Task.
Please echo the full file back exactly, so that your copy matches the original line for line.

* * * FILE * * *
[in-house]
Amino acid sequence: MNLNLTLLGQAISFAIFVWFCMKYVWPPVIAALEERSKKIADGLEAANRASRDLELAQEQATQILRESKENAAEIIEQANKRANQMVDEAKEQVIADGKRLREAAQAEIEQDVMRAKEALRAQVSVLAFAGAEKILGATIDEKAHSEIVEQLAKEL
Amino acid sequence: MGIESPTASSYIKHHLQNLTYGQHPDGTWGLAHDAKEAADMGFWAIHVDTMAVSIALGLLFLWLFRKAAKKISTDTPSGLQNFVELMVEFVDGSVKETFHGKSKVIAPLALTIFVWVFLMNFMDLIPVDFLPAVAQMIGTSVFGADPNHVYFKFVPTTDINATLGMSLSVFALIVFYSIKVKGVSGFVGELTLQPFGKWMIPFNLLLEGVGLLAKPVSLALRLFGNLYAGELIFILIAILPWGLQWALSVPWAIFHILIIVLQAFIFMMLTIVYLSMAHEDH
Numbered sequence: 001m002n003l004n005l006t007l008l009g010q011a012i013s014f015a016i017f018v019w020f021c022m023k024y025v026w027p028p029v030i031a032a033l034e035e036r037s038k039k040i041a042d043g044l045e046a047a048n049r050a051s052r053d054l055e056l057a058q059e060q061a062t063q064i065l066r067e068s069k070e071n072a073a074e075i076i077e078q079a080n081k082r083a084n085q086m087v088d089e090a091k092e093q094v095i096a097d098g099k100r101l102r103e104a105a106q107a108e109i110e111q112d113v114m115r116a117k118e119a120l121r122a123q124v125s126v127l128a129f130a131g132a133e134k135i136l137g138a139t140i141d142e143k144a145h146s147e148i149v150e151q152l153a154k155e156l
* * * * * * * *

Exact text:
[in-house]
Amino acid sequence: MNLNLTLLGQAISFAIFVWFCMKYVWPPVIAALEERSKKIADGLEAANRASRDLELAQEQATQILRESKENAAEIIEQANKRANQMVDEAKEQVIADGKRLREAAQAEIEQDVMRAKEALRAQVSVLAFAGAEKILGATIDEKAHSEIVEQLAKEL
Amino acid sequence: MGIESPTASSYIKHHLQNLTYGQHPDGTWGLAHDAKEAADMGFWAIHVDTMAVSIALGLLFLWLFRKAAKKISTDTPSGLQNFVELMVEFVDGSVKETFHGKSKVIAPLALTIFVWVFLMNFMDLIPVDFLPAVAQMIGTSVFGADPNHVYFKFVPTTDINATLGMSLSVFALIVFYSIKVKGVSGFVGELTLQPFGKWMIPFNLLLEGVGLLAKPVSLALRLFGNLYAGELIFILIAILPWGLQWALSVPWAIFHILIIVLQAFIFMMLTIVYLSMAHEDH
Numbered sequence: 001m002n003l004n005l006t007l008l009g010q011a012i013s014f015a016i017f018v019w020f021c022m023k024y025v026w027p028p029v030i031a032a033l034e035e036r037s038k039k040i041a042d043g044l045e046a047a048n049r050a051s052r053d054l055e056l057a058q059e060q061a062t063q064i065l066r067e068s069k070e071n072a073a074e075i076i077e078q079a080n081k082r083a084n085q086m087v088d089e090a091k092e093q094v095i096a097d098g099k100r101l102r103e104a105a106q107a108e109i110e111q112d113v114m115r116a117k118e119a120l121r122a123q124v125s126v127l128a129f130a131g132a133e134k135i136l137g138a139t140i141d142e143k144a145h146s147e148i149v150e151q152l153a154k155e156l